ticulate each part so that the
:lear, bell-like sound and cour-
ageous playing suited the na-
ture of the composer's brilliant
Haitink remarked that Mah-
ler's music is popular today be-
cause "he is so very human
. . . he can show his emotions
so that they really come
THE FIRST part of the sym-
phony is based on a funeral
march. The solo tru npet an-
nounced it somberly and Hait-
ink was able to draw a picture
of tragedy and grief, emphasiz-'
ing the low registers in each
instrument group. Haitink led
the strings into an urgent fren-
zy at the proper moments, and .
subdued them into quiet la-
ment. Then the mood lightened;
but as Haikink remarked, "I'm
distrustful when Mahler is op-
timistic," and the optimism'
quickly changed to urgency.
The third movement was de-'
scribed by Haitink as "exub-
erant . . . a dance of the devil."
The horn obligato part was per-
formed by a young musician
whose tone is bigger than any
The exciting end of the move-
ment became stilled by the im-
mediate calm of the st-ring'
Adagietto. llaitink controll-
I the expressive strings in a
hesitant, then soaring melody.
The fourth movement begins
pastorally with sporadic solos.
This new mood was captured
by the orchestra and inter-
changes between instrument
groups were transacted smooth-
As Haitink dramatically pick-
ed up the tempo and gradually
crescendoed, tlhe brasses pro-
duced their tightest and most
enormous sound. The symphony
ended with demonic speed and
triumphant brass; a tremen-
dous conclusion to the great
S1/2 price on beer
7 P.M.- 11 P.M.
Daily Photo by SCOTT ECCKER
Stones concert, or Bruce Spring- i
steen, Allman Brothers (with Crider wasn't yet ready to
Duane), Cream, or the Grateful leave, and demanded a second
Dead. That feeling is what the encore. So the Eagles returned
Eagles live lacked. and performed Joe Walsh's
Enter - saving grace, Joe "Walk Away" and their own
Walsh. Not a prolific artist or "Tequila Siinrise.
4let 4 4.6e,
If you are enthusiastic about
Arthur Miller (as you should
be) and are especially keen
about his play The Crucible -
concerning the Salem witch
trials - then you have an op-
portunity this week to enjoy it
from another angle. The School
of Music is presenting an op-
eratic version of the work, writ-
ten by Robert Ward, this Thurs-
day through Sunday in the Men-
delssohn Theatre. The libretto
is by Bernard Stambler..
p"m sew OUT
,beer & liquor
7 P.M -10 P.M.
kY: 15c Hot Dogs
NEW GIANT 7 FT. T.Y.
even a gifted songwriter, Walsh
is simply a good guitarist 'who
not only makes do with whatt
he's got, but makes up for what i
he doesn't. It was Walsh who
brought out the animal in a l
satisfied; though polite crowd.1
Professional and deviating
slightly from letter-perfect, the
Eagles floated through a pro-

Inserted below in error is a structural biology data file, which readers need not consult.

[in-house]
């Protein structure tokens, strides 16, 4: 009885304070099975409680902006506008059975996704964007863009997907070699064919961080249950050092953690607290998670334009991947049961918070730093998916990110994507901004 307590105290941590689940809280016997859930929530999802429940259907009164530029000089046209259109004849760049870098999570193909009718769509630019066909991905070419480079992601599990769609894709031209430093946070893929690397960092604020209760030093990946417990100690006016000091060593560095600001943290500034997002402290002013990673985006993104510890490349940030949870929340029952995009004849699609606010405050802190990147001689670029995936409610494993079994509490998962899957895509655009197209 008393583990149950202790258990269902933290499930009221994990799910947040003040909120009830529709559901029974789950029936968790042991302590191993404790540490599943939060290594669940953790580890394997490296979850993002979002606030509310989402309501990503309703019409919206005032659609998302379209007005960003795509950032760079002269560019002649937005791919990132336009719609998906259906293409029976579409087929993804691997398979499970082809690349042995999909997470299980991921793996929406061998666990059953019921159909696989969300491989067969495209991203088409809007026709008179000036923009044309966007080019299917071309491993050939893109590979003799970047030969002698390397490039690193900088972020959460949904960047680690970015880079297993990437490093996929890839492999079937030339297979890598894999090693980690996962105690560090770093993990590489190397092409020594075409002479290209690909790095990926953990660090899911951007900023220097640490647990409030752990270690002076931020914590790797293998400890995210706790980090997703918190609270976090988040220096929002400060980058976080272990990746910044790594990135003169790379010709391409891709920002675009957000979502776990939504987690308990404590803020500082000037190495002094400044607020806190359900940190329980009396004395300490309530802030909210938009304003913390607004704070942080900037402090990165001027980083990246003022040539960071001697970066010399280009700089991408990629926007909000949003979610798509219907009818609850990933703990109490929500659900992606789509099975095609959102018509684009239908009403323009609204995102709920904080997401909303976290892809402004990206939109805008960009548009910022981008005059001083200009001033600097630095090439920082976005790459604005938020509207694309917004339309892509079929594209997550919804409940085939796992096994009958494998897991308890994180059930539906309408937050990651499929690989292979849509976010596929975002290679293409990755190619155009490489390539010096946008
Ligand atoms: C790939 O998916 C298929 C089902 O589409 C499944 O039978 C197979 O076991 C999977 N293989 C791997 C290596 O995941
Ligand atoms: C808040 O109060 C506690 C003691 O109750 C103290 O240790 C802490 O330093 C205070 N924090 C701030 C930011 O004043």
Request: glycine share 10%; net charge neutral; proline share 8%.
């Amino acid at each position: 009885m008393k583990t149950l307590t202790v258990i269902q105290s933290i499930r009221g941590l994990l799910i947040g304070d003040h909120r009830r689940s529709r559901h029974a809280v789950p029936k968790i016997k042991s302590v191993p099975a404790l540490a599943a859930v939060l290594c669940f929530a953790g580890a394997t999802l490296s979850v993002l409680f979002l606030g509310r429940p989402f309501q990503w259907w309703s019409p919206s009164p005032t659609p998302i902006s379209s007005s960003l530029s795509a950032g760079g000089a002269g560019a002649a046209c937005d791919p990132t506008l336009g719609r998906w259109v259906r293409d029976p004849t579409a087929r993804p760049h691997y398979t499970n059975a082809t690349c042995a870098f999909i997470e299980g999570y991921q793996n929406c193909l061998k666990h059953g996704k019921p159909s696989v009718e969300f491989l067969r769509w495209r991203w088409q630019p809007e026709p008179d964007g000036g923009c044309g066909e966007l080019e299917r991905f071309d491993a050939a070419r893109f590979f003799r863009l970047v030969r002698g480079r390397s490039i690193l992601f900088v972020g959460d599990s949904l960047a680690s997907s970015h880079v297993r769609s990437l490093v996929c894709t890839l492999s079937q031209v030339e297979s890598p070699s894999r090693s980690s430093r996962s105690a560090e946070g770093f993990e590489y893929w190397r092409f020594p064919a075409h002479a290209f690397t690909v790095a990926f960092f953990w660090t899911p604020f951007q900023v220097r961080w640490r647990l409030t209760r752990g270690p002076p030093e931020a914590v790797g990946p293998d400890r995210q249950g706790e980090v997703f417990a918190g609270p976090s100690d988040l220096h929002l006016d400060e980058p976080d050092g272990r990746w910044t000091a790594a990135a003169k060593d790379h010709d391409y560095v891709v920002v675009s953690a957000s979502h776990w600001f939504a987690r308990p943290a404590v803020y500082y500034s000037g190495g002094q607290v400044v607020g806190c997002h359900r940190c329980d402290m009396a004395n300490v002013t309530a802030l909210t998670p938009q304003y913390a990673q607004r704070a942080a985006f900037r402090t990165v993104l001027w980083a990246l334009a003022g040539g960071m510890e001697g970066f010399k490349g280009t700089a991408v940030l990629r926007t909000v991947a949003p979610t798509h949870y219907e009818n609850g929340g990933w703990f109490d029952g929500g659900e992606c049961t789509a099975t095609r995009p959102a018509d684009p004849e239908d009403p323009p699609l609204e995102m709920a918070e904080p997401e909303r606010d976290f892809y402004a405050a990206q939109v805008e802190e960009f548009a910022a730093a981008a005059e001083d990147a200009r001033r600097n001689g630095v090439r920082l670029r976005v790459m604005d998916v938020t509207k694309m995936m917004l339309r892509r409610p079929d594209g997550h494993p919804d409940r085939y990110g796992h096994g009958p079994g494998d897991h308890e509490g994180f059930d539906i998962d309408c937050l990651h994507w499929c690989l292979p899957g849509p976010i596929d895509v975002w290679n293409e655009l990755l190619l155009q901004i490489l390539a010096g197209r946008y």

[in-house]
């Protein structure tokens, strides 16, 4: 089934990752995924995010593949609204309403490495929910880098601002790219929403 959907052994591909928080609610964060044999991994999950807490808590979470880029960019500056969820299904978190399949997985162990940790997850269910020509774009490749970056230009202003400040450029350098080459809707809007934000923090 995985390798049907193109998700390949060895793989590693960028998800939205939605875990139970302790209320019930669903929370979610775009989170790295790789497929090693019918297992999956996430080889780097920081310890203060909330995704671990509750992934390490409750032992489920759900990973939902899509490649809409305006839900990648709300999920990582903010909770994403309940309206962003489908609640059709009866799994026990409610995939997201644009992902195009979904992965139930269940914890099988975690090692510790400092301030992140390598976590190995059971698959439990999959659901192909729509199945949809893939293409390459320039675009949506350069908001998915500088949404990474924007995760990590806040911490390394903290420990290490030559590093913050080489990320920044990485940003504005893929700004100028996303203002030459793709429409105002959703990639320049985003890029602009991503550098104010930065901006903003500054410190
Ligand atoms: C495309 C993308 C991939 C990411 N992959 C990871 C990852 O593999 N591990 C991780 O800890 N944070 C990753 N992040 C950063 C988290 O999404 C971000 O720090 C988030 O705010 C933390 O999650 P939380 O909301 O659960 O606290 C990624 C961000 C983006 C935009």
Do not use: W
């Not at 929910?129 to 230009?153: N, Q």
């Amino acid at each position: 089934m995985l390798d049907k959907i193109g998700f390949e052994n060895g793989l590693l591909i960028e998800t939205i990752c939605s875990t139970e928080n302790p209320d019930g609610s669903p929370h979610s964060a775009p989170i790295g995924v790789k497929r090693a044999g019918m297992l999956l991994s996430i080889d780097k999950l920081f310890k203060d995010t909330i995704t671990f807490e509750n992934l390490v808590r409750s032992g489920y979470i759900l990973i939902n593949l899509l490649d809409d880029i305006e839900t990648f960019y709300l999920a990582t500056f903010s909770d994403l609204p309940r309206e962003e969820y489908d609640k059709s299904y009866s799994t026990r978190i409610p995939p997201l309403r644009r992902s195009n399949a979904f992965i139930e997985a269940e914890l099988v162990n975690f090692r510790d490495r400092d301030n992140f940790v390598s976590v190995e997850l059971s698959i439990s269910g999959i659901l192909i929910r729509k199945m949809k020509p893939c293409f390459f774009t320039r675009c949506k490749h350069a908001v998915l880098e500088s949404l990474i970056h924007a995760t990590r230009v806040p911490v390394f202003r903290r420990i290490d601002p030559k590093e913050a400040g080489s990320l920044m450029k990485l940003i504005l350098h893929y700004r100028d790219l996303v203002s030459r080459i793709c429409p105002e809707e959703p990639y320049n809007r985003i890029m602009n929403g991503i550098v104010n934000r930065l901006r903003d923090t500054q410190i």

gram of compressed lilts and
dives. (Remember, never over-
do.) Their opening number,
"Take It Easy," seemed to drag
a little, missing the punch it
could 'possess. "Outlaw Man"
was better, showcasing Randy
Meisner on lead, although it was}
ultimately more persuasive'
than convincing. After a full,
These la two songs demon-
strated why the Eagles are so'
big. Even if they don't believe
in their songs, they at least
sound as if they do. It's that
casual way of easing us into
belief that is central to their
THE UNIVERSITY OF M
for viewing your favorite
"WHEN YOU COMIN' BACK,
w a contemporary American drama
by MARK MEDOFF
NOV. 18, 19, 20 at 8:00
NOV. 21 at 3:00
BRYANT JUNIOR HIGH SCHOOL
460 N. Vernon, Dearborn
(1 blk.' north of Cherry Hill Rd., west of Telegraph)
ADMISSION: S2.50 AT THE DOOR
7:00 and 9:05 P.M.
ROn as of ann anso
. . one of the finest facilities
in? Ann Arbor presents THE FINEST
. ..starting November 15
is very proud to present-
tenor saxophonist RAHSAAN ROLAND KIRK and his
ensemble, the Vibration Society, in the Mich. Union
Ballroom Sunday, December 5 at 7:30 and 10:00 p.m.
Details for a free afternoon workshop art being worked
out. Tickets go on sale Thursday, Nov. 18 at the Mich
Union Box Office, Schoolkids Records, and both Discount
Records. All seats ore $4.50.
MAJOR EVENTS OFFICE presents
GO BLUES. An evening with ROOSEVELT SYKES, JIMMY
"Fast Fingers" DAWKINS, and OTIS RUSH. Reserved
seats are available at Mich.. Union, Discount Records in
Ann Arbor, and Where House Records in Ypsilanti.
UAC XMAS CHARTERS to New York: $90; Newark:
$90; Boston: $100; Philadelphia: $95; Los Angeles:
$225; San Francisco: $225. DEADLINE for sign-ups:
XMAS SKI TRIP: Banff, Canada: $350, Jan. 1-7.
Deadline for sign-ups: Nov. 19. Office open M-F 10-4.
SOPH SHOW '76
Presents a Musical Comedy, "HOW TO SUCCEED IN
BUSINESS WITHOUT REALLY TRYING" Performances:
Thur., Dec. 9; Fri., Dec. 10; Sat., Dec. 11 in Lydia
Mendelssohn Theater. Tickets go on sale, Nov. 15. The
event of the year!
needs Directors, Designers and Staff for its Spring
Musical. Here's your chance to direct or design a major
Power Center oroduction! Apply at UAC,= 2nd floor,
Michigan Union by Wed., November 17.
The ones "Bernie" wears . . . $3.75 at Michigan Union
THE PRINT SHOP-
Lowest Prices on Campus!
KNPp. y %0E i
' r~ r5 fl
\O a bet,
I E a M.
7:00 and 9:00
and continuing every Monday through Friday
from 11:30 A.M. to 2:O P.-M.
Rorha's will offer a smorgasbord
open to the public that promises
to be the finest ever.
Two Main Entrees
Coffee, Tea, Milk or Pop
$3.50 per person
If private rooms are desired, consult the Manager.
ke5( tiI gp
\ ~ ,:
7:00 and 9:00 P.M.
- m - - - -au -m w e -